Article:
AC Modeling

Prior to installing an AC mitigation system, it is common to use a complex AC modeling software to evaluate the impact of fault currents and estimate the steady state induced currents that can be expected along the pipeline. This information is used to determine the quantity and location of mitigation required based on numerous factors, including the resistivity of the soil, the physical characteristics of the pipeline, the operating parameters of the HVAC transmission system and the spatial distances between them.

Engineered AC Mitigation Systems

Based on a thorough assessment of the pipeline and high voltage AC transmission system interaction, including modeling results when available, an AC mitigation system is designed by experienced engineers familiar with the mitigation strategies detailed above. This engineered AC mitigation system would detail the quantity and location of grounding installations required for a specific application. MATCOR’s MITIGATOR is an example of this type of AC mitigation system.

Other features of an engineered AC Mitigation system include:

Special Backfill

It is quite common to install the grounding conductor in a special backfill material. The purpose of the backfill can vary depending on the conductor material chosen and the type of backfill used. The benefits of various types of AC mitigation backfill include:

  • Enhanced surface area – conductive backfills such as carbon or conductive concrete are used to effectively increase the surface area of the grounding conductor reducing the overall resistance to earth.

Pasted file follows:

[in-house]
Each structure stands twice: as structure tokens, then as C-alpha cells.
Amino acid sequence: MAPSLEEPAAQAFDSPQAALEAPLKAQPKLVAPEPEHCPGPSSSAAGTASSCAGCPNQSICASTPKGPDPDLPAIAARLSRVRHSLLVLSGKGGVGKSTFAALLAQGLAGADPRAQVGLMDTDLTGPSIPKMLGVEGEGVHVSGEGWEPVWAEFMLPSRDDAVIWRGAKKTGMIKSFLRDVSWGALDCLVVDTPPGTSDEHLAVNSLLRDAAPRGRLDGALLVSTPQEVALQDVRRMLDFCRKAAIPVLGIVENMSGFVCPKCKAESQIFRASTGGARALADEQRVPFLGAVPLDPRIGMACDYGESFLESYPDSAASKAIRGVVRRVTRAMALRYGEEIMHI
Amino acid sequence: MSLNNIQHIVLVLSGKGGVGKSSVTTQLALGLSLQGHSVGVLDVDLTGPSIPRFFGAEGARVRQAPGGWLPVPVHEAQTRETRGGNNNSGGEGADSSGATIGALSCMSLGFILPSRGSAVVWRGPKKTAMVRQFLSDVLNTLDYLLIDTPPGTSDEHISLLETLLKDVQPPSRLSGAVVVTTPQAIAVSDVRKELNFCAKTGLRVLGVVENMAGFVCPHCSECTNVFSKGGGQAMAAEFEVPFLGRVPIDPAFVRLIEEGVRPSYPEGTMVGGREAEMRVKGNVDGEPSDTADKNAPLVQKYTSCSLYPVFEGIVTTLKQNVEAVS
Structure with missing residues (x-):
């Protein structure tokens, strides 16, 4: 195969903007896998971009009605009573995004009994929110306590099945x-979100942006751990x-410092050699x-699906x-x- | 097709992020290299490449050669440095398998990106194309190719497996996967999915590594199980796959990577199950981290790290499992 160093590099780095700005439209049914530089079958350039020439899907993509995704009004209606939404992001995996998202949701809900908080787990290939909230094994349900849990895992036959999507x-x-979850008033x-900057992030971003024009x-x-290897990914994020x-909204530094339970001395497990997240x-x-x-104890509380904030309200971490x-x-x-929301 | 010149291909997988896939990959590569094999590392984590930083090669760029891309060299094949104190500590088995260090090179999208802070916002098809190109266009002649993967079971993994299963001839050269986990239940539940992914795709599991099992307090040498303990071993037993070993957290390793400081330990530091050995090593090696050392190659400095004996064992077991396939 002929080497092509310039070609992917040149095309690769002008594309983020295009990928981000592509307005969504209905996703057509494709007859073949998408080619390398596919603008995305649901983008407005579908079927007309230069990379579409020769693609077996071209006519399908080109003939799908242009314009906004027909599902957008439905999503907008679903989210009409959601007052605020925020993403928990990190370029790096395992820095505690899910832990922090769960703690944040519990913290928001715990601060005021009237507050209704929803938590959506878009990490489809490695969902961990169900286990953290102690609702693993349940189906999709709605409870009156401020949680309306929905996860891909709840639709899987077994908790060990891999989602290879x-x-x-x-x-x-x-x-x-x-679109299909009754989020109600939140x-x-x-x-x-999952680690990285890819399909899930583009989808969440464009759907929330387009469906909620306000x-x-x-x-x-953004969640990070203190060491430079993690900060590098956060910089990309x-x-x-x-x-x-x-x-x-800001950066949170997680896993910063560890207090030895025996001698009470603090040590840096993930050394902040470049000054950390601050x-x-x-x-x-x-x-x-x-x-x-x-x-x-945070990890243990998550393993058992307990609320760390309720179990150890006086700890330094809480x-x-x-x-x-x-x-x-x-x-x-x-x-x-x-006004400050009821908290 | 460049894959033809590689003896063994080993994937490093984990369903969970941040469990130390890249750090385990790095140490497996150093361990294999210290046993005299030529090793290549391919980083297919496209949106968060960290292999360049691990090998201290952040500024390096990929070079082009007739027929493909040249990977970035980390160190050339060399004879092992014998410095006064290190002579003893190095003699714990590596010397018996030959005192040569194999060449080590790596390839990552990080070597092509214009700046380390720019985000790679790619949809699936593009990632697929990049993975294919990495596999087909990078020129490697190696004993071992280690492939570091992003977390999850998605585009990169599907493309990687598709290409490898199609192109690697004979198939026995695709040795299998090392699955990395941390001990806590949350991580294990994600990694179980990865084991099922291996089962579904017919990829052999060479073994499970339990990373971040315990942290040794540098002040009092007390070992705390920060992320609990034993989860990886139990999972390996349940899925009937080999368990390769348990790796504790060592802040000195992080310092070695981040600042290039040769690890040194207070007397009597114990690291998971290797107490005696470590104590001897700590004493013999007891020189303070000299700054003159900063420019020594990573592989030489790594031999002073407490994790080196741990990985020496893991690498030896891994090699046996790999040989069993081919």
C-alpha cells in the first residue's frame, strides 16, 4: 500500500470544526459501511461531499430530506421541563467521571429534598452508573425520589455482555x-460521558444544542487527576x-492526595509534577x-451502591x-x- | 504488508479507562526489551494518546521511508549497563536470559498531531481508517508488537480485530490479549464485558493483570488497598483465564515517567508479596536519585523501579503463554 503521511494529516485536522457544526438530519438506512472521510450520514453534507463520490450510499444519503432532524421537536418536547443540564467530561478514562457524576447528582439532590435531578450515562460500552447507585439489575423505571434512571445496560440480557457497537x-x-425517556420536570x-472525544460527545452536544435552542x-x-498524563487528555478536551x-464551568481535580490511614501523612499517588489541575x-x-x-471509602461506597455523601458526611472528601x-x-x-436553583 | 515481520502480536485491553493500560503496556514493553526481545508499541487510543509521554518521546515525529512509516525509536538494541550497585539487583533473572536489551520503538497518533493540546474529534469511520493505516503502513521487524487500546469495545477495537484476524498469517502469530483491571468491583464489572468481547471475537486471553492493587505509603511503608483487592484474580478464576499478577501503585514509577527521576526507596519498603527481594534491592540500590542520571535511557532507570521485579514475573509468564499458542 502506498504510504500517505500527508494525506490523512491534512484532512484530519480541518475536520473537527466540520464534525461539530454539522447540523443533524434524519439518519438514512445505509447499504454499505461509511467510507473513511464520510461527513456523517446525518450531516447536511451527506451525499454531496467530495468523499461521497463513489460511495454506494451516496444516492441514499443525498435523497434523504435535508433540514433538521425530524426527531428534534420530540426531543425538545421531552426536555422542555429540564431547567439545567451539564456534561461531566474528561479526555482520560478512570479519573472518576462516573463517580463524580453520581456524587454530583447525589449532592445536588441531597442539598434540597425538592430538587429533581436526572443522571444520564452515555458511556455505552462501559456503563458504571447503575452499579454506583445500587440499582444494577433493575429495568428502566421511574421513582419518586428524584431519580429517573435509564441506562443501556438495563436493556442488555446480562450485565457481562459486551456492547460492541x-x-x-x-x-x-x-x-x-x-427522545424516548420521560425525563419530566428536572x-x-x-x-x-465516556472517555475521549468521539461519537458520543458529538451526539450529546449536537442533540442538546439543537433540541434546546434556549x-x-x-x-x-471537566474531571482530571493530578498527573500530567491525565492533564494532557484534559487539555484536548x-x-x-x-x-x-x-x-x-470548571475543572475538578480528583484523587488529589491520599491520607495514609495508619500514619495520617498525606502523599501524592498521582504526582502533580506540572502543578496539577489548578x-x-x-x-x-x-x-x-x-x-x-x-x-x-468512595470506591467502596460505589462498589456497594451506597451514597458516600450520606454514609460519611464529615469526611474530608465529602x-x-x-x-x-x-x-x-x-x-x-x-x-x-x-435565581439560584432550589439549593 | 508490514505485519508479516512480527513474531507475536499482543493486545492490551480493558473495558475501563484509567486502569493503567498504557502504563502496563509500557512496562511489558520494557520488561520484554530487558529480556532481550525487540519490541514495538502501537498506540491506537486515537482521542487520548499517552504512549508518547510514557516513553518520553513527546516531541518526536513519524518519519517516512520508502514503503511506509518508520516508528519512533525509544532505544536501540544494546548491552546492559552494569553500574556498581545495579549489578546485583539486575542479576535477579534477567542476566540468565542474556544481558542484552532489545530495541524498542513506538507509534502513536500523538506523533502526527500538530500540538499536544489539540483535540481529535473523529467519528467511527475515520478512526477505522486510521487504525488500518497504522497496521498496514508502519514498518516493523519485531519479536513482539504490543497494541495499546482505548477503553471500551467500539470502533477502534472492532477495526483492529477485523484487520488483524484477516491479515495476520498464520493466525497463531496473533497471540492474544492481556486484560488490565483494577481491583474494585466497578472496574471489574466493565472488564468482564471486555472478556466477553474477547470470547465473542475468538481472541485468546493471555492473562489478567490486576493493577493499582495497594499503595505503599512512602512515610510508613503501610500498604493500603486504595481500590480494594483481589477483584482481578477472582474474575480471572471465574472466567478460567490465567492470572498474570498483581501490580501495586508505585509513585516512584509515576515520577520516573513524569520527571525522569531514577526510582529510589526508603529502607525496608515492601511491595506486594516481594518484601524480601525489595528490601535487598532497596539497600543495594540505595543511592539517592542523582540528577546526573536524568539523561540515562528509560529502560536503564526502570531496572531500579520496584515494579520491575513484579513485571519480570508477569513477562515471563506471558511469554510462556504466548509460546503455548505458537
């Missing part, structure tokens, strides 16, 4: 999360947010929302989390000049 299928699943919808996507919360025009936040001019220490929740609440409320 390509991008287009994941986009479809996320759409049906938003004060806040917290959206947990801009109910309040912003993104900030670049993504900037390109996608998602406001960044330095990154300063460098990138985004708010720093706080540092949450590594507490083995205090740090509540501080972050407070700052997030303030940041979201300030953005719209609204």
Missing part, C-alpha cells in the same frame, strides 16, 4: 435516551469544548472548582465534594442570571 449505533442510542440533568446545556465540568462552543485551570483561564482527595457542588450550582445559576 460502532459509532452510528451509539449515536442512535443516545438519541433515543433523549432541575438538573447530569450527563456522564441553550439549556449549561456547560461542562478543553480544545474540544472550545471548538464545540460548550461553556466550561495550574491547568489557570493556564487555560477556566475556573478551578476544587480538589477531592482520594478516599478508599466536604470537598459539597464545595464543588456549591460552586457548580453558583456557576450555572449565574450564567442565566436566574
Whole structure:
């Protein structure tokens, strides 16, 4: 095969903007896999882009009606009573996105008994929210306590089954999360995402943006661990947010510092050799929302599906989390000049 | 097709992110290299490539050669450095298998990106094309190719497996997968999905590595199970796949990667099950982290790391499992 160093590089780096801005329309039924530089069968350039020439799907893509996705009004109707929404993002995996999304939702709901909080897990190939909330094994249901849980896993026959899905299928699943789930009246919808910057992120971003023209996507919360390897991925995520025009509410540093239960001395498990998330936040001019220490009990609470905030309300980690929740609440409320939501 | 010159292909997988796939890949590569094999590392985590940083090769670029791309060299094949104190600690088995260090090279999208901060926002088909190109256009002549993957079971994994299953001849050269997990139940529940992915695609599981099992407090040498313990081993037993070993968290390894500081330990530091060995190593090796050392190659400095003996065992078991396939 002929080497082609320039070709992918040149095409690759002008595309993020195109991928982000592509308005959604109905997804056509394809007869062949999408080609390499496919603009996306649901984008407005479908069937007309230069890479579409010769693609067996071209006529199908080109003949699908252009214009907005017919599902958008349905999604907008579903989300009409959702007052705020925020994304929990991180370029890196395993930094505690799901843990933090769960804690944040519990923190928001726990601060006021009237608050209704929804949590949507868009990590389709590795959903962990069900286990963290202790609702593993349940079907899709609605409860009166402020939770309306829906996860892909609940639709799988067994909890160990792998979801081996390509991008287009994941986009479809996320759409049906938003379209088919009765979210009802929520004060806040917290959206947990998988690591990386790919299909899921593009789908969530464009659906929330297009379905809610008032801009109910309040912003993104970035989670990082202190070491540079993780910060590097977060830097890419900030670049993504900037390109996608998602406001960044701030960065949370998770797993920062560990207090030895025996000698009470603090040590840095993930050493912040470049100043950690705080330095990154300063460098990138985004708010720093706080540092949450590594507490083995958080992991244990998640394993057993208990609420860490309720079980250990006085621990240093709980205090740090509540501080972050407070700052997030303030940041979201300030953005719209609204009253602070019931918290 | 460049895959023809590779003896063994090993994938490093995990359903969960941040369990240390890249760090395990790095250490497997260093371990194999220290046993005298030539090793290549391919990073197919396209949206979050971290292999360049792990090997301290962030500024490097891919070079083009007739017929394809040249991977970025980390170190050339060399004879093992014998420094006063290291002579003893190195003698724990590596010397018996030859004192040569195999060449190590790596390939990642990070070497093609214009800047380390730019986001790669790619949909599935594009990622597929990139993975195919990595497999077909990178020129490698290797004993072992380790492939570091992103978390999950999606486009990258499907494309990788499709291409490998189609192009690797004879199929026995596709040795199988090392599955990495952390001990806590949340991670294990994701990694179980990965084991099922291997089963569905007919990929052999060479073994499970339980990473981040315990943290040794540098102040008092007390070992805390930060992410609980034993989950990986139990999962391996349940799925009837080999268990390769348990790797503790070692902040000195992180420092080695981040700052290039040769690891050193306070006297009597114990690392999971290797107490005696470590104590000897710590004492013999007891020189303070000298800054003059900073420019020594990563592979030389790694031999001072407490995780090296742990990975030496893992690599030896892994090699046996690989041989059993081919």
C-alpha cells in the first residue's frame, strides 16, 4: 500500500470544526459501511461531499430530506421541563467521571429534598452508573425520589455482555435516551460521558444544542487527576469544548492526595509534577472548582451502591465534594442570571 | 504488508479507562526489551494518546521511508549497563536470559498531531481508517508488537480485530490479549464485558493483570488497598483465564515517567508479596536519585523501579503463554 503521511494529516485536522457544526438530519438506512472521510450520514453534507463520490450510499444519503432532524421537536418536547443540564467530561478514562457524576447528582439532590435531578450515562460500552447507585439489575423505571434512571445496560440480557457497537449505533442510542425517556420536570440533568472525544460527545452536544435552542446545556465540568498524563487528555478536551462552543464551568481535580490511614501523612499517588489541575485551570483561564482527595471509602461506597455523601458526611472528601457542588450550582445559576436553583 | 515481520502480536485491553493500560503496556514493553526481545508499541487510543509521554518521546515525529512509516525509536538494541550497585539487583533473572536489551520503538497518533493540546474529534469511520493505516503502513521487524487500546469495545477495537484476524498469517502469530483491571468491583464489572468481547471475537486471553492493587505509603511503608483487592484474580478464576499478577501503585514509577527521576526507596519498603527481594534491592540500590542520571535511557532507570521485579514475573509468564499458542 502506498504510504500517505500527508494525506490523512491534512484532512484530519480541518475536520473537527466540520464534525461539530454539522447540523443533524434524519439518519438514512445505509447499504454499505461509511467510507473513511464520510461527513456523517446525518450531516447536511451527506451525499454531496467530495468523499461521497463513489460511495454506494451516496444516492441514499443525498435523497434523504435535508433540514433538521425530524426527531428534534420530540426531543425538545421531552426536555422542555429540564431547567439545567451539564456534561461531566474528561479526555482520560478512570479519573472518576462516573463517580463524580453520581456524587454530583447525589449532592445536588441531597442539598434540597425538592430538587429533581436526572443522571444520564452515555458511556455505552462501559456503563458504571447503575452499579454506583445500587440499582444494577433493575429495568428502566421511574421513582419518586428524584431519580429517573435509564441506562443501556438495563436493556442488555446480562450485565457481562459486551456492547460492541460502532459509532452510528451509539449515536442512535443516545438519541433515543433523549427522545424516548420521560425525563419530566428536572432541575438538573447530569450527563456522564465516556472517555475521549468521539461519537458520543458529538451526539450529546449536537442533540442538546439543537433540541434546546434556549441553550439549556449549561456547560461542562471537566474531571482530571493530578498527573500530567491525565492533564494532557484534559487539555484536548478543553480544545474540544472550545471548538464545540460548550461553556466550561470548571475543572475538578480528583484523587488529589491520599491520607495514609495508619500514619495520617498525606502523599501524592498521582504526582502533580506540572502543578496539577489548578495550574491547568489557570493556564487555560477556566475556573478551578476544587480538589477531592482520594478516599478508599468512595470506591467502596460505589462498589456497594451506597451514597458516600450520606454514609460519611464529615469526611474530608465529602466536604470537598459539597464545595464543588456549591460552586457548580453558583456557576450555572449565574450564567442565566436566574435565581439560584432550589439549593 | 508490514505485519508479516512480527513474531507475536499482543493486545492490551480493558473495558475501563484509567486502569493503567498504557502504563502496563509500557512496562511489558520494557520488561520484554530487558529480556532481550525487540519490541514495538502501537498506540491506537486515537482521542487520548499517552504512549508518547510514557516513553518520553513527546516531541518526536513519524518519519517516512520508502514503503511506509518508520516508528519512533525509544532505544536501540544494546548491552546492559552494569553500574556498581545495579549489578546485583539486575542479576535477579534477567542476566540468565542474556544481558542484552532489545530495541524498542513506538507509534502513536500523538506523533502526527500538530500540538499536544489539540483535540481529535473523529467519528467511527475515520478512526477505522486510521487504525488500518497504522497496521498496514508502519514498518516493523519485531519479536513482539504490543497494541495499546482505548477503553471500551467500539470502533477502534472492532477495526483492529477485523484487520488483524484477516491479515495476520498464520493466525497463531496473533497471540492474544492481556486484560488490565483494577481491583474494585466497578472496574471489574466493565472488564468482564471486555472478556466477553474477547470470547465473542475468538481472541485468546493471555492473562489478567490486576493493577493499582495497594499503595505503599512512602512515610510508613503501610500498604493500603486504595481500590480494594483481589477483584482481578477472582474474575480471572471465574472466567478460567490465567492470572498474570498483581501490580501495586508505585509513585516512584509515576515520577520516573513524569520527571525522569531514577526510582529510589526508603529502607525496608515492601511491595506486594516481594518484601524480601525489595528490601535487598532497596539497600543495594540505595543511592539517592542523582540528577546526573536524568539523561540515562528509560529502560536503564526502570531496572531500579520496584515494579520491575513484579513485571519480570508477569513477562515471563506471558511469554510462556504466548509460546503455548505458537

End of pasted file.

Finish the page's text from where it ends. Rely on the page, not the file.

• Corrosion/Passivation Protection – some backfills are designed to protect the grounding conductor from corrosion or passivation of the conductor that could adversely affect the life or impede the performance of the grounding conductor.
  • Hydroscopicity – some hygroscopic backfills readily attract and retain water from the environment, helping to maintain a low uniform resistance around the grounding conductor.

Solid State Decouplers

These devices are almost always used in conjunction with AC mitigation systems and are usually installed wherever the grounding system is connected to the pipeline. These devices are designed to allow AC current to flow off the pipeline during steady-state or fault conditions while blocking all DC current. This effectively isolates the pipeline’s cathodic protection (CP) system from the AC mitigation system, preventing the mitigation system’s grounding conductors from taking CP current from the pipeline.

MATCOR provides complete AC Mitigation solutions including design, supply of materials, turnkey installations and comprehensive testing services.


Have questions or need a quote for an AC mitigation system or services? Contact us at the link below.

CONTACT A CORROSION EXPERT